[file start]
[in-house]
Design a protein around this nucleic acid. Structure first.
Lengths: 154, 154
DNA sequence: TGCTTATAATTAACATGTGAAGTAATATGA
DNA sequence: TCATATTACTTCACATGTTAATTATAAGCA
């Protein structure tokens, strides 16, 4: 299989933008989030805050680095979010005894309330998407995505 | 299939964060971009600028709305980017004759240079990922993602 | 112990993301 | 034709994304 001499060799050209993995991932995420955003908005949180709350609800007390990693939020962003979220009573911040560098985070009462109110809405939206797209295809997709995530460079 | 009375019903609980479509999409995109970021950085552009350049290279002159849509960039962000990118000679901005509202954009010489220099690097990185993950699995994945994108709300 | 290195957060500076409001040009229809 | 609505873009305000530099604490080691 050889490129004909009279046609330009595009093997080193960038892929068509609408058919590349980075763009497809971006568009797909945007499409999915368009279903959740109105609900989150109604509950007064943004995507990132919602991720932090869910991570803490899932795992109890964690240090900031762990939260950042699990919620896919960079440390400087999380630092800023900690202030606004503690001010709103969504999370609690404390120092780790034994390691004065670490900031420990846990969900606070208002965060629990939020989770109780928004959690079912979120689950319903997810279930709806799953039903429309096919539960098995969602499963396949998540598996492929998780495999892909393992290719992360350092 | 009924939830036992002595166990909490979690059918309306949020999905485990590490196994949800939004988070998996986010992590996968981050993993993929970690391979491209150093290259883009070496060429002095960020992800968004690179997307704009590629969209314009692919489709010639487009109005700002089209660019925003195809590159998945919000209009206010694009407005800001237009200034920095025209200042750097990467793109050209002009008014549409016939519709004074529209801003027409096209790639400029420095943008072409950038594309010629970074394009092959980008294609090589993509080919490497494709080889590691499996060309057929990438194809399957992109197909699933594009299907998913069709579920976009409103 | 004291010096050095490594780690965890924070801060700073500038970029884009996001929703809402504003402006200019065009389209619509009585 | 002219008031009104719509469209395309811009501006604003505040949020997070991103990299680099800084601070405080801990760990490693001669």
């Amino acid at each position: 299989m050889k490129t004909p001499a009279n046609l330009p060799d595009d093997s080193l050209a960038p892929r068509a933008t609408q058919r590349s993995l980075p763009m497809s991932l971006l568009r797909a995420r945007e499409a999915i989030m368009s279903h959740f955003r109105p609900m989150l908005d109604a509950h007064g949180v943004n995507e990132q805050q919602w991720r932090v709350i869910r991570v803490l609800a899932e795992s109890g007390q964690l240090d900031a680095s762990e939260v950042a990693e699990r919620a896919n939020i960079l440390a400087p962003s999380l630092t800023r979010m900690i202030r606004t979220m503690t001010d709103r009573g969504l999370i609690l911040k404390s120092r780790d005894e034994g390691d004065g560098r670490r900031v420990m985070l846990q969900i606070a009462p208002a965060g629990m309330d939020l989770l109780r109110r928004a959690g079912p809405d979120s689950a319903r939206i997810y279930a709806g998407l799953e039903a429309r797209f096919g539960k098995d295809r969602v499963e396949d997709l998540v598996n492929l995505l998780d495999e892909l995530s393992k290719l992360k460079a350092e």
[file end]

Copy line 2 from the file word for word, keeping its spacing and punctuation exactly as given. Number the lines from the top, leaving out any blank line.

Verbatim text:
Design a protein around this nucleic acid. Structure first.